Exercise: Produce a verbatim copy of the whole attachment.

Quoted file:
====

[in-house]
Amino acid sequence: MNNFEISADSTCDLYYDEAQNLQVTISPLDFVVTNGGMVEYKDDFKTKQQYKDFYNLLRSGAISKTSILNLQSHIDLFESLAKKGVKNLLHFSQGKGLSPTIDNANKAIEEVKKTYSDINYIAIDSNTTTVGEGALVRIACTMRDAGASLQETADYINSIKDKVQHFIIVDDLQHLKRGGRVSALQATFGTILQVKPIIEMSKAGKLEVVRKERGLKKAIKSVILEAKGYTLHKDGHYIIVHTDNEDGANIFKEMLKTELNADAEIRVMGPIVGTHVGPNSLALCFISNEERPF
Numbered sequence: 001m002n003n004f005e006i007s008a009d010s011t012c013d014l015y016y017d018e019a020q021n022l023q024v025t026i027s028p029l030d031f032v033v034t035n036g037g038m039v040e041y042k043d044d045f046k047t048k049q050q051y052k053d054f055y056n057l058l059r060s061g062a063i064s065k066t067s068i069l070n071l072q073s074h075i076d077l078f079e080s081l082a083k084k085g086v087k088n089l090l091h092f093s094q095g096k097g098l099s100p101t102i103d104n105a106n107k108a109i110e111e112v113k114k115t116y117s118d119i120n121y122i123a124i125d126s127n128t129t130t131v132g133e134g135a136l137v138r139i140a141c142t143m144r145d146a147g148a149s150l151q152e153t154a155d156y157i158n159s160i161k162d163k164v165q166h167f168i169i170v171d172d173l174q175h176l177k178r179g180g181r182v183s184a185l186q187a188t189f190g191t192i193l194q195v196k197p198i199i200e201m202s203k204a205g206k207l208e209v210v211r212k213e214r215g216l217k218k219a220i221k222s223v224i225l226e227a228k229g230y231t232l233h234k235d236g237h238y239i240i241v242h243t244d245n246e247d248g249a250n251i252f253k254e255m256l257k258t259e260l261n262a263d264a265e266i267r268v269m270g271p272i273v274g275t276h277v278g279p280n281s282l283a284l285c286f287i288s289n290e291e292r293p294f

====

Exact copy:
[in-house]
Amino acid sequence: MNNFEISADSTCDLYYDEAQNLQVTISPLDFVVTNGGMVEYKDDFKTKQQYKDFYNLLRSGAISKTSILNLQSHIDLFESLAKKGVKNLLHFSQGKGLSPTIDNANKAIEEVKKTYSDINYIAIDSNTTTVGEGALVRIACTMRDAGASLQETADYINSIKDKVQHFIIVDDLQHLKRGGRVSALQATFGTILQVKPIIEMSKAGKLEVVRKERGLKKAIKSVILEAKGYTLHKDGHYIIVHTDNEDGANIFKEMLKTELNADAEIRVMGPIVGTHVGPNSLALCFISNEERPF
Numbered sequence: 001m002n003n004f005e006i007s008a009d010s011t012c013d014l015y016y017d018e019a020q021n022l023q024v025t026i027s028p029l030d031f032v033v034t035n036g037g038m039v040e041y042k043d044d045f046k047t048k049q050q051y052k053d054f055y056n057l058l059r060s061g062a063i064s065k066t067s068i069l070n071l072q073s074h075i076d077l078f079e080s081l082a083k084k085g086v087k088n089l090l091h092f093s094q095g096k097g098l099s100p101t102i103d104n105a106n107k108a109i110e111e112v113k114k115t116y117s118d119i120n121y122i123a124i125d126s127n128t129t130t131v132g133e134g135a136l137v138r139i140a141c142t143m144r145d146a147g148a149s150l151q152e153t154a155d156y157i158n159s160i161k162d163k164v165q166h167f168i169i170v171d172d173l174q175h176l177k178r179g180g181r182v183s184a185l186q187a188t189f190g191t192i193l194q195v196k197p198i199i200e201m202s203k204a205g206k207l208e209v210v211r212k213e214r215g216l217k218k219a220i221k222s223v224i225l226e227a228k229g230y231t232l233h234k235d236g237h238y239i240i241v242h243t244d245n246e247d248g249a250n251i252f253k254e255m256l257k258t259e260l261n262a263d264a265e266i267r268v269m270g271p272i273v274g275t276h277v278g279p280n281s282l283a284l285c286f287i288s289n290e291e292r293p294f